Post about some of these on your blog and bring at least one printed text with you to class on Tuesday.

Have a good weekend!

LB :)

Thursday, March 24, 2011

"Readings" for March 29/31

The readings for this week are not exactly readings, but things to check out online. This week marks a shift in the syllabus. Up until this point, we have been reading about broad theories about diversity and difference including the Culture of Power and issues of White Privilege. Now we are going to start to look at historical moments where these topics came into view in our schools.

Our topic this week is about Brown vs. Board of Education (1954), the historical supreme court decision that made the segregation of public schools unconstitutional.

You have FOUR tasks for this week:

1) I want you to explore this website to give you some background on Brown v. Board of Education.

2) Then I want you to watch these two videos that highlight the work of Tim Wise, author of "Between Barack and a Hard Place." Take notes while you watch so that you can refer to specific quote in your blog post and in class.

4) Read this very short article from last week's New York Times.
How do the issues that Bob Herbert raises shape how you think about Brown v. Board of Education?

3) Now blog about it.
What is the relationship between the historical issues you see in the website on Brown v. Board of Education and the contemporary issues of race that Bob Herbert and Tim Wise raise here?

Leave comments if you have any questions...

LB :)

Final Project Resources

Here are some of the resources I talked about in class, as well as a few others that might help you in planning the digital aspects of your Service Learning Final Project:

McIntosh Video

Photostory Software

Camtasia (for taking on-screen video)

Other free video editing software

Saturday, March 19, 2011

Hope everyone had a good spring break!

Don't forget to bring your journals to class on Tuesday. You should have at least three journal entries by now... we will be working with them this week as we talk about the Kahne and Westeheimer piece. How are you thinking about your SL project -- does it feel like a Charity Project or a Change Project?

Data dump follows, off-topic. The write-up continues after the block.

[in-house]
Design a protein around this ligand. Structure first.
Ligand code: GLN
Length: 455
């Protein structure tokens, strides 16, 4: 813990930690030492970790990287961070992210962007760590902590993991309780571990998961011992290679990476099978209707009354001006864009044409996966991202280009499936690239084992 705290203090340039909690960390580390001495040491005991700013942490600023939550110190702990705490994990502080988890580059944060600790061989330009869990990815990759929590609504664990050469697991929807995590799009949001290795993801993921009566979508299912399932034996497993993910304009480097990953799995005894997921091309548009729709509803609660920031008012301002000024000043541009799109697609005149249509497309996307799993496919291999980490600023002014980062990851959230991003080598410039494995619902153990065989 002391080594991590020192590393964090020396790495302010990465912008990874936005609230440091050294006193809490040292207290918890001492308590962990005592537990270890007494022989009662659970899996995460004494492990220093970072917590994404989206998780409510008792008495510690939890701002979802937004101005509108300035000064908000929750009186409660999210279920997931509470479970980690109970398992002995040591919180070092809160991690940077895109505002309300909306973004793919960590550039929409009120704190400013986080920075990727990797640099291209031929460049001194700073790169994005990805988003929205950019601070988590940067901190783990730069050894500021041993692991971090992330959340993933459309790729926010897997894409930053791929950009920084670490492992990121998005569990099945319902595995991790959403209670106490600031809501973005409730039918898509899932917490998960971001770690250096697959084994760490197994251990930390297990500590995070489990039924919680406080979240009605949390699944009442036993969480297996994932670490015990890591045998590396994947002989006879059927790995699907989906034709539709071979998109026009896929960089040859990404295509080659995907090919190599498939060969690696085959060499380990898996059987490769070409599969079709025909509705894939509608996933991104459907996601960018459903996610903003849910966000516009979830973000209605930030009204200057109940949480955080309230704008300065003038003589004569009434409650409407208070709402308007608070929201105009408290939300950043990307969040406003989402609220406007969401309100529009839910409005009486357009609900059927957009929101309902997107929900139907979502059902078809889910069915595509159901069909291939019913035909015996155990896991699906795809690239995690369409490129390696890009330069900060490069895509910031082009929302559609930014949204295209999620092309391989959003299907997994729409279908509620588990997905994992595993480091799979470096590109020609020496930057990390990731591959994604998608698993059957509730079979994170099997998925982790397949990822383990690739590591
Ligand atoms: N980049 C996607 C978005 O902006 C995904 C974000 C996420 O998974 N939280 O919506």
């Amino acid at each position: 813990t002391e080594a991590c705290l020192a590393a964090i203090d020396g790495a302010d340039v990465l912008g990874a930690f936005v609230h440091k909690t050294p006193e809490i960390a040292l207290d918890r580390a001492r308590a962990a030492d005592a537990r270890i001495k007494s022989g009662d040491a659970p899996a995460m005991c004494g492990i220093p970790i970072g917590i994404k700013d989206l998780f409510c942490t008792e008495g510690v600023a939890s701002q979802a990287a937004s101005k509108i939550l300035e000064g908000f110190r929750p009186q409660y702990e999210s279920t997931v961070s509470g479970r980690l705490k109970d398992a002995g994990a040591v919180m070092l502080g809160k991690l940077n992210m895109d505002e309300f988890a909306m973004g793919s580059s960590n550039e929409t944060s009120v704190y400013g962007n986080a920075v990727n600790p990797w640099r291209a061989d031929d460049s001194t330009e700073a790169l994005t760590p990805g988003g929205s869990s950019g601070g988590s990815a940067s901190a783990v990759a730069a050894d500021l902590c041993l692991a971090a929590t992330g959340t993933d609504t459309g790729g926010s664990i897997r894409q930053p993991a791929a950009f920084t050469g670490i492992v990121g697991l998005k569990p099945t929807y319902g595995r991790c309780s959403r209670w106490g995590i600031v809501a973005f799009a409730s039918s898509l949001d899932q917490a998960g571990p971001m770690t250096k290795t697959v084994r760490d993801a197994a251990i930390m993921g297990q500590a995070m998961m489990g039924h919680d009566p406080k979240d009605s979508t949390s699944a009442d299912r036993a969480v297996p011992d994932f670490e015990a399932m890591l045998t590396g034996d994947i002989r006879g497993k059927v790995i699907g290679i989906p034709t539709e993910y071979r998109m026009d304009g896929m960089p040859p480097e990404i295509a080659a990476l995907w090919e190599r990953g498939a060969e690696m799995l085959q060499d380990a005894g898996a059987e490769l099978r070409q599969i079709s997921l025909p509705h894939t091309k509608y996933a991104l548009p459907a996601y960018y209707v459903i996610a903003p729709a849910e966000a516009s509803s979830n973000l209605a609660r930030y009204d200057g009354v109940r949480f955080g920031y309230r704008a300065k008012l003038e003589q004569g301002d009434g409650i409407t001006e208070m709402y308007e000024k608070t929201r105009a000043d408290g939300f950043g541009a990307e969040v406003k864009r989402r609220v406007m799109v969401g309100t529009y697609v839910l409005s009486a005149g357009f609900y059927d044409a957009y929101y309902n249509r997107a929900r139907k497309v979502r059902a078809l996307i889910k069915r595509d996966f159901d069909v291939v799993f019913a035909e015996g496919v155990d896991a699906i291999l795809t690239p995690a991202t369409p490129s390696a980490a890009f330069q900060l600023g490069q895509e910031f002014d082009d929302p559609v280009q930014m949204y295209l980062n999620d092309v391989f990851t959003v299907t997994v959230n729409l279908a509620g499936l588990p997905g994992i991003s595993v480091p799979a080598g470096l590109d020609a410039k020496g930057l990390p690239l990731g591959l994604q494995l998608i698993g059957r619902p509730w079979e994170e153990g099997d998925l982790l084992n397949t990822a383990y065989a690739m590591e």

See y'all on Tuesday!

LB :)

Monday, March 7, 2011

I hope you enjoyed the Linda Christensen article for this week. If you want to read more about teachers who work for social justice in their classrooms, you should check out the journal Rethinking Schools where Christensen is an editor.

So why media literacy?
What does media literacy have to do with Schooling in a Democratic Society?

There are lots of folks who are invested in thinking about this questions... check out Media Education Foundation, the Center for Media Literacy, the Media Literacy Project (out of New Mexico), and even some corporate interests that are asking questions (see the Dove Real Women Campaign).

And I see that several of you have already started trolling on youtube to find the many people who are exploring media literacy work on their own. I am looking forward to talking about all of this in class on Tuesday!!

LB :)

Midterm Letter and Blog Assessment

When we meet tomorrow, I am going to hand you two midterm assignments.

First is a Blog Self Assessment where you can check yourself and your blog posts to get a sense of how you are doing with this part of the class assignments. I will look at your self-assessments and give you some formal feedback on your blogs over spring break so that you can use that feedback to enhance your posting for the rest of the semester. This is due to me on Thursday, March 10 (this week).

The second is a midterm letter that you will write to me to give me a sense of how the course and your learning in the course is going for you. These letters are anonymous, giving you the full freedom to write about the course without worrying about being judged or graded for your thoughts. I will accept these on Thursday also, but if you want to work on them over spring break, I will take them on Tuesday, March 22.